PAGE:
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Truths About Weight Loss - Part Four by Larry Smith, MD, CPT, CVT

SO, What is Fat? The good, the bad, and the ugly: A review of the biochemistry of fat.
(This is a very simplified description but designed to help you appreciate the role of fats in our diet.)

Diagram 1. The chemical structure of a typical long chain (>12 carbons) Triglyceride Fatty Acid.

Fats are one of the more important dietary components. They should make up between 15 to 25 percent of your diet. This intake should include long, medium, and short chain fatty acids (FA) as well as some cholesterol. Long chain FAs have 12 or more carbons in their tail, medium chain less than 12 and short chain FAs 6 or less. Unfortunately, in today's America 35 percent or better of daily calories come from fats. Since most people are sedentary this excess energy (fat) is stored in the body. The more we eat, the more we store and the larger we get.

But we cannot do without fats. Fats are an important component in the human diet. They serve as building blocks for hormones, energy sources, and insulation. We've all heard how women who become too thin and stop having their periods. For men excessive weight loss can cause testosterone deficiencies. This is because fatty acids and cholesterol are important for the production of hormones such as estrogen, testosterone, progesterone and other anabolic and mineral corticoids. So, fats are important for normal growth and energy production. But too much fat leads to obesity, increased fatty acids and cholesterol in the blood, hypertension, heart disease, atherosclerosis and musculoskeletal problems.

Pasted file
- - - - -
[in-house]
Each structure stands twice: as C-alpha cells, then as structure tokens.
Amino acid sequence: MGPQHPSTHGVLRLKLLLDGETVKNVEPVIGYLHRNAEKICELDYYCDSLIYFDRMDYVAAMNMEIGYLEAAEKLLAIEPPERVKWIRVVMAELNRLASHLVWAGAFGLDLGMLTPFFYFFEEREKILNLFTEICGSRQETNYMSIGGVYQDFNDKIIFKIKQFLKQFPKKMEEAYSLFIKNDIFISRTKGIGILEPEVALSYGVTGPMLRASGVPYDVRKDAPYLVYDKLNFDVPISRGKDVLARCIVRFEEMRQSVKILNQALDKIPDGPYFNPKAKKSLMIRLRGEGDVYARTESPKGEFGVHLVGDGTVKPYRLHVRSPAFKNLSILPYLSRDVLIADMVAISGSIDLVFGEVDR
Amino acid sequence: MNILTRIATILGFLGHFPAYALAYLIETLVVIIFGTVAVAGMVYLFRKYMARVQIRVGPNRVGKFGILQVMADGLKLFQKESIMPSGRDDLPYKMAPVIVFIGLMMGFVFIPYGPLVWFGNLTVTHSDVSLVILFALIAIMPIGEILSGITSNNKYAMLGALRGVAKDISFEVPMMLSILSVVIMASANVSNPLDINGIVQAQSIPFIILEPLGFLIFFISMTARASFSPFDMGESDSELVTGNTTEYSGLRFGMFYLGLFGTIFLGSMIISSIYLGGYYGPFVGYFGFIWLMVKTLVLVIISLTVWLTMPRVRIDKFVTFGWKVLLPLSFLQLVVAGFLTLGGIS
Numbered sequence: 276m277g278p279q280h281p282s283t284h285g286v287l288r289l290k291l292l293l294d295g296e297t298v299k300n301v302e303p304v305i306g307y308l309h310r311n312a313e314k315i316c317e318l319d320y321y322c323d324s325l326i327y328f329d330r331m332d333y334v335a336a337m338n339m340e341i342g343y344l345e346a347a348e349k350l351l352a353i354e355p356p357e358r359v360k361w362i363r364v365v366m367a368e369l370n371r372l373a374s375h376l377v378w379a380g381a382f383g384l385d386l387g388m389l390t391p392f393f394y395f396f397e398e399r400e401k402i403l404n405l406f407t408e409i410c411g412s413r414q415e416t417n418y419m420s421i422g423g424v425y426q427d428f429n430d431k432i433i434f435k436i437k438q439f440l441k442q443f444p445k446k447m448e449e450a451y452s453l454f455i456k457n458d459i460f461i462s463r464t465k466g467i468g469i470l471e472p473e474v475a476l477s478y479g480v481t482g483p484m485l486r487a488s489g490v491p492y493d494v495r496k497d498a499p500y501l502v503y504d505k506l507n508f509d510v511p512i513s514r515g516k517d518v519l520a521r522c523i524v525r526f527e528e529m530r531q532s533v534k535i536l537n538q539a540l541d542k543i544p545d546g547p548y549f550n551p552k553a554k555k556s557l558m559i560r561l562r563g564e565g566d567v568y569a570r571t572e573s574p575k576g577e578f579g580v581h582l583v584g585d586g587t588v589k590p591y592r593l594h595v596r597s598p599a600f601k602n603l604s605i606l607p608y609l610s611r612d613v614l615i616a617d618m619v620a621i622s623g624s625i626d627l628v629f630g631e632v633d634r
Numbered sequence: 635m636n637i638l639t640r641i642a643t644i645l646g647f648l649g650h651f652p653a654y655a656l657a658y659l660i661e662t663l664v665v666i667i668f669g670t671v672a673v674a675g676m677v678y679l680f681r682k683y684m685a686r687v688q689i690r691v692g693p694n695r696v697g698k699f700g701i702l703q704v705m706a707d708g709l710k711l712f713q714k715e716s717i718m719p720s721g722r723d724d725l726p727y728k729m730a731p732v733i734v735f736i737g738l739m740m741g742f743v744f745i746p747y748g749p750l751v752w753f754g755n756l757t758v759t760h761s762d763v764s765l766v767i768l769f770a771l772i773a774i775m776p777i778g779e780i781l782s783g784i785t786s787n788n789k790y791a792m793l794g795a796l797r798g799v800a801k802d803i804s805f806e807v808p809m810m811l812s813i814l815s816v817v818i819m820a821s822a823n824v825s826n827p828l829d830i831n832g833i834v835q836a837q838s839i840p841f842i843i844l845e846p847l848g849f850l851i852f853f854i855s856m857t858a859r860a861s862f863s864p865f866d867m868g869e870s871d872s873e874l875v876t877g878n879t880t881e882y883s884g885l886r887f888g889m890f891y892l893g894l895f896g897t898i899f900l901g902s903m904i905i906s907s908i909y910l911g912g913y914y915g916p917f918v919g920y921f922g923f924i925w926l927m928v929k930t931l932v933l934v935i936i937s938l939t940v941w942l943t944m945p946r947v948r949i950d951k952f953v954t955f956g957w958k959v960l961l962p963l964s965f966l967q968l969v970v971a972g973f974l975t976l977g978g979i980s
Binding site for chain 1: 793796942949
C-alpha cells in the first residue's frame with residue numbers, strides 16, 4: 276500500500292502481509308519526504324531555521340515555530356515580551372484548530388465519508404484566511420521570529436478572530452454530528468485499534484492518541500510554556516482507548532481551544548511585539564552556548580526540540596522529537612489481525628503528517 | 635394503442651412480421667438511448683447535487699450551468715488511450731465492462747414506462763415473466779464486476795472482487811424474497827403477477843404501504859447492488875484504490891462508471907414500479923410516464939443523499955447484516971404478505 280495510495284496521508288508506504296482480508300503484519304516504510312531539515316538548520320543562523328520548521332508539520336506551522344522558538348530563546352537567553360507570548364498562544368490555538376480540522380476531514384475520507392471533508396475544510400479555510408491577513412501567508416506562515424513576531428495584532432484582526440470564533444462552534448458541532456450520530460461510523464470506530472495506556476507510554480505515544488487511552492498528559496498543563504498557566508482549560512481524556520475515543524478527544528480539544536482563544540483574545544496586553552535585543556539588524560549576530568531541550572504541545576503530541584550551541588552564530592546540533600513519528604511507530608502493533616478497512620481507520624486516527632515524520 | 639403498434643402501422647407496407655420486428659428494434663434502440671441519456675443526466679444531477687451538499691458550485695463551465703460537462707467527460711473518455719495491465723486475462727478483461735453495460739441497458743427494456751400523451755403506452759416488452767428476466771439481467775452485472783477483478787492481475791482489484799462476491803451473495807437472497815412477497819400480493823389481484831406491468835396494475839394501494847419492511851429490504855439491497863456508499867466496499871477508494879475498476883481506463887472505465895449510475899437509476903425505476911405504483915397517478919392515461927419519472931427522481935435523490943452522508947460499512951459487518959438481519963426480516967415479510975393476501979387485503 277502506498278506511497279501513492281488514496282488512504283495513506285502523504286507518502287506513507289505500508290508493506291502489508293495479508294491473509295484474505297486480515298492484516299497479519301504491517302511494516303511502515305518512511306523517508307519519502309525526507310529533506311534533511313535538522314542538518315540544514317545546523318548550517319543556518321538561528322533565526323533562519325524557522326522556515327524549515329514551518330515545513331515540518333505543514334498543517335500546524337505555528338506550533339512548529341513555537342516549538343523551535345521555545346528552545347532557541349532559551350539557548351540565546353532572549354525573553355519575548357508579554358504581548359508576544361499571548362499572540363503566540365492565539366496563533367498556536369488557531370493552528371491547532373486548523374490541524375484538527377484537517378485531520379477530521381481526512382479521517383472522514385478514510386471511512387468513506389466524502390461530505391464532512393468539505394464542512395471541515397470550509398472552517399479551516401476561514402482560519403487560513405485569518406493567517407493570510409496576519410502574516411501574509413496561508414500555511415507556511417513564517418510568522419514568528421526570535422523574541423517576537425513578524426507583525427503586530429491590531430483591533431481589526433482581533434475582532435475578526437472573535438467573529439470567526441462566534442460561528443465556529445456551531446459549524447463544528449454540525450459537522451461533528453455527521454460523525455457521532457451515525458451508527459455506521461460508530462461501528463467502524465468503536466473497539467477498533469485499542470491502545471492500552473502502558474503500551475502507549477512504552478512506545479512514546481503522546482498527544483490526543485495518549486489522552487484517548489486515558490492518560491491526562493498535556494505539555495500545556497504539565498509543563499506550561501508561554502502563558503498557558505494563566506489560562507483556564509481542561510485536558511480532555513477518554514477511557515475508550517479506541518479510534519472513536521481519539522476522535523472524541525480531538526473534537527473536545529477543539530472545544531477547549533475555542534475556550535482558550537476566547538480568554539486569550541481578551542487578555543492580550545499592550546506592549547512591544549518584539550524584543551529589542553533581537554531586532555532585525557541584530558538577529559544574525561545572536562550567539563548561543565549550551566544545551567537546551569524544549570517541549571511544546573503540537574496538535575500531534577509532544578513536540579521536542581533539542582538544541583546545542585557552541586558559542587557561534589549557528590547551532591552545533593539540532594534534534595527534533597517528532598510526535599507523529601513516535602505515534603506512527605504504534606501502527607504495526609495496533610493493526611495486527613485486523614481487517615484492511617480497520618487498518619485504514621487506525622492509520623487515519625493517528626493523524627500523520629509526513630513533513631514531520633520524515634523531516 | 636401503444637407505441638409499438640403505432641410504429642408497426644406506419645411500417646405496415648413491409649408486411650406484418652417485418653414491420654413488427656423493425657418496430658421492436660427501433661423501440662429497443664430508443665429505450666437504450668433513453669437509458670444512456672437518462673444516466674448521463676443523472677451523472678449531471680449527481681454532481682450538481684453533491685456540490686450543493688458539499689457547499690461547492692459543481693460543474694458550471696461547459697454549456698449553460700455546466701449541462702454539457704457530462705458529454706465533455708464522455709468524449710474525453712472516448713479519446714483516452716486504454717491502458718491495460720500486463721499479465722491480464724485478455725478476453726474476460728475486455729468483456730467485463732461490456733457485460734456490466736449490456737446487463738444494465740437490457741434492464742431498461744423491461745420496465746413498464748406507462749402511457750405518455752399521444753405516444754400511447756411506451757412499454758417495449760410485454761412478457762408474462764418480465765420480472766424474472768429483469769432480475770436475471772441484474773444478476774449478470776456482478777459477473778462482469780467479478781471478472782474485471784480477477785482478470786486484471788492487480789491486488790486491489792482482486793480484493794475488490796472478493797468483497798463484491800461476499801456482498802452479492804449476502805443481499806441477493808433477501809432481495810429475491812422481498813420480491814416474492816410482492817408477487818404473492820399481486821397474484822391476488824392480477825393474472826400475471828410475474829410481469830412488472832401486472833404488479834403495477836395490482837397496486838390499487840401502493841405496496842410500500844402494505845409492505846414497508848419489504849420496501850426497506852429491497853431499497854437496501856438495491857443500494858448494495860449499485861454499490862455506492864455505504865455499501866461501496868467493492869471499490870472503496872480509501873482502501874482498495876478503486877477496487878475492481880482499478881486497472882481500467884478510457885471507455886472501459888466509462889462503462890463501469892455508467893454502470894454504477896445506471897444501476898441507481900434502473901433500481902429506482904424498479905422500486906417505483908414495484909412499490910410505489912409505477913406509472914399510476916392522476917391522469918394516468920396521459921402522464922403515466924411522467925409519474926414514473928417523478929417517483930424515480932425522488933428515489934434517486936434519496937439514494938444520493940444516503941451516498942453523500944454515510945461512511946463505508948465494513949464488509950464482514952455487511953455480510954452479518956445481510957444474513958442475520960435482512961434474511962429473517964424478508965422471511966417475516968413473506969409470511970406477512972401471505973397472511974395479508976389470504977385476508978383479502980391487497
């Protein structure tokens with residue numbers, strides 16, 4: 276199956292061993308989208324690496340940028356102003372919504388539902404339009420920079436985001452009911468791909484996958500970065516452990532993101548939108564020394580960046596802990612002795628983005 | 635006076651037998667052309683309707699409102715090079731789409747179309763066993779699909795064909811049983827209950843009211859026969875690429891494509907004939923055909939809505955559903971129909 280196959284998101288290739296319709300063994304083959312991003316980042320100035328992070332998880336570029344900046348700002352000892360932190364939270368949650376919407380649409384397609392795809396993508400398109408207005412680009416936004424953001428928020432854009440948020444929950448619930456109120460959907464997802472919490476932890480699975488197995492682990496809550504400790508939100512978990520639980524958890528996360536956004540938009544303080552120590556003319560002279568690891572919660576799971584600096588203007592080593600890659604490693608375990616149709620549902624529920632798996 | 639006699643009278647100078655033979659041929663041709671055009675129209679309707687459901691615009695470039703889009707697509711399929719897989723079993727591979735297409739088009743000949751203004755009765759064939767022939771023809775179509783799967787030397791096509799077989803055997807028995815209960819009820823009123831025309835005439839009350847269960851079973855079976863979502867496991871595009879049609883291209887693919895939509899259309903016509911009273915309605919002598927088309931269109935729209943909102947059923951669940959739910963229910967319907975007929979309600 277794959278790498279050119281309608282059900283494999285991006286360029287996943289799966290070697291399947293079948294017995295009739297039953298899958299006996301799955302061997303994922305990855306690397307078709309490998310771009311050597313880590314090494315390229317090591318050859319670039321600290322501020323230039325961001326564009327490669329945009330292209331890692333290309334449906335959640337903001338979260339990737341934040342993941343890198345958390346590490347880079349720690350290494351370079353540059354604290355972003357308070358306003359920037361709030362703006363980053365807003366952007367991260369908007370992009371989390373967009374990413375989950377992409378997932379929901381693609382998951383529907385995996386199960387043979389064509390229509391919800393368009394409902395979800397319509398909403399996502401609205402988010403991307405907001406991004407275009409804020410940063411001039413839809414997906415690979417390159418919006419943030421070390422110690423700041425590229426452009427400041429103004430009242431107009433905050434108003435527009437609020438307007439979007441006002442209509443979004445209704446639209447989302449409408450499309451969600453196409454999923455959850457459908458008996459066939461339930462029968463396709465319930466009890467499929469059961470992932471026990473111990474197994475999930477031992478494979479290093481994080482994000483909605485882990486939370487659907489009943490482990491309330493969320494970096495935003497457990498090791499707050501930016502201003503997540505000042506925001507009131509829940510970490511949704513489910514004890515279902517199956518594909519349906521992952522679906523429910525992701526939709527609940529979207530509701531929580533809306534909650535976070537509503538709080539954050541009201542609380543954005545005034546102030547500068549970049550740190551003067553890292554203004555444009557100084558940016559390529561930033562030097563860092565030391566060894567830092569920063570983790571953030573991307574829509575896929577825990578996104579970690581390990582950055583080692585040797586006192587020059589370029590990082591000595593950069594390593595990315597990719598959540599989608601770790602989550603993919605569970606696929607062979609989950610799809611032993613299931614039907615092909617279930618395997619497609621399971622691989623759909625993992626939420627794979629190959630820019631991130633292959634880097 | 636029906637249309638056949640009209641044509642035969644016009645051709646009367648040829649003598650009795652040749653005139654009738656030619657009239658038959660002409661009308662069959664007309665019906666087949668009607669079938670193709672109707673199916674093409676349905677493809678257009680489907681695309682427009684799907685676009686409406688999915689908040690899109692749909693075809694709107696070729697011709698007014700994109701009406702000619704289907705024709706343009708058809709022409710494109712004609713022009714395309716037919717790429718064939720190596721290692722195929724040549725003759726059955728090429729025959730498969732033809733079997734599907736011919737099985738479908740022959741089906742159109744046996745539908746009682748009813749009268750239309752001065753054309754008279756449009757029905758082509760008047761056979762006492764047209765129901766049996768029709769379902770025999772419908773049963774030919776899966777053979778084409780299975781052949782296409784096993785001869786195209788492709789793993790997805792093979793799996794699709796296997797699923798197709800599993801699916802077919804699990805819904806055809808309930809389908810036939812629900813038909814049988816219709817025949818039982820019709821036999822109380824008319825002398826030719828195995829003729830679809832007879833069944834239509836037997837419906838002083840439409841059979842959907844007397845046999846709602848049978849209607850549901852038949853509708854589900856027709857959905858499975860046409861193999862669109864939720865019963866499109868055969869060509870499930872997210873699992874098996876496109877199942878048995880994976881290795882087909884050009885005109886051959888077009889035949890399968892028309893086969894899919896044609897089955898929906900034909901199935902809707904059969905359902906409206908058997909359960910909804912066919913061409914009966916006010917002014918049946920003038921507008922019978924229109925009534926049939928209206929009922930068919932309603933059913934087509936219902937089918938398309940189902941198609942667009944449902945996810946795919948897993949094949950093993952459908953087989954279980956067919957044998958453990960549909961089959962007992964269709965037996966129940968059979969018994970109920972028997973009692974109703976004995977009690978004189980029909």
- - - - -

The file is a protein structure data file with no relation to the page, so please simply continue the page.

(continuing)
Diagram 2: Hormones dependent on presence of cholesterol and other FAs that have to be present to produce them. Without these hormones the person becomes unhealthy.

So how are fats eaten and what happens to them in the digestive system? Well, the diagram below demonstrates the digestive process and absorption of fats in our diet. Long chain FAs are absorbed into the blood stream, short chain and medium chain FAs are transported in the lymphatic system.

When the FAs reach the various cells in the body they are transported into the cells for further processing. They can be stored in muscle cells, liver cells, fat cells, adrenal glands, ovaries and testicles. Depending on which cell type absorbs them determines how they will be used (more later).

In Part Five we will discuss what happens to fats once they get into the body?

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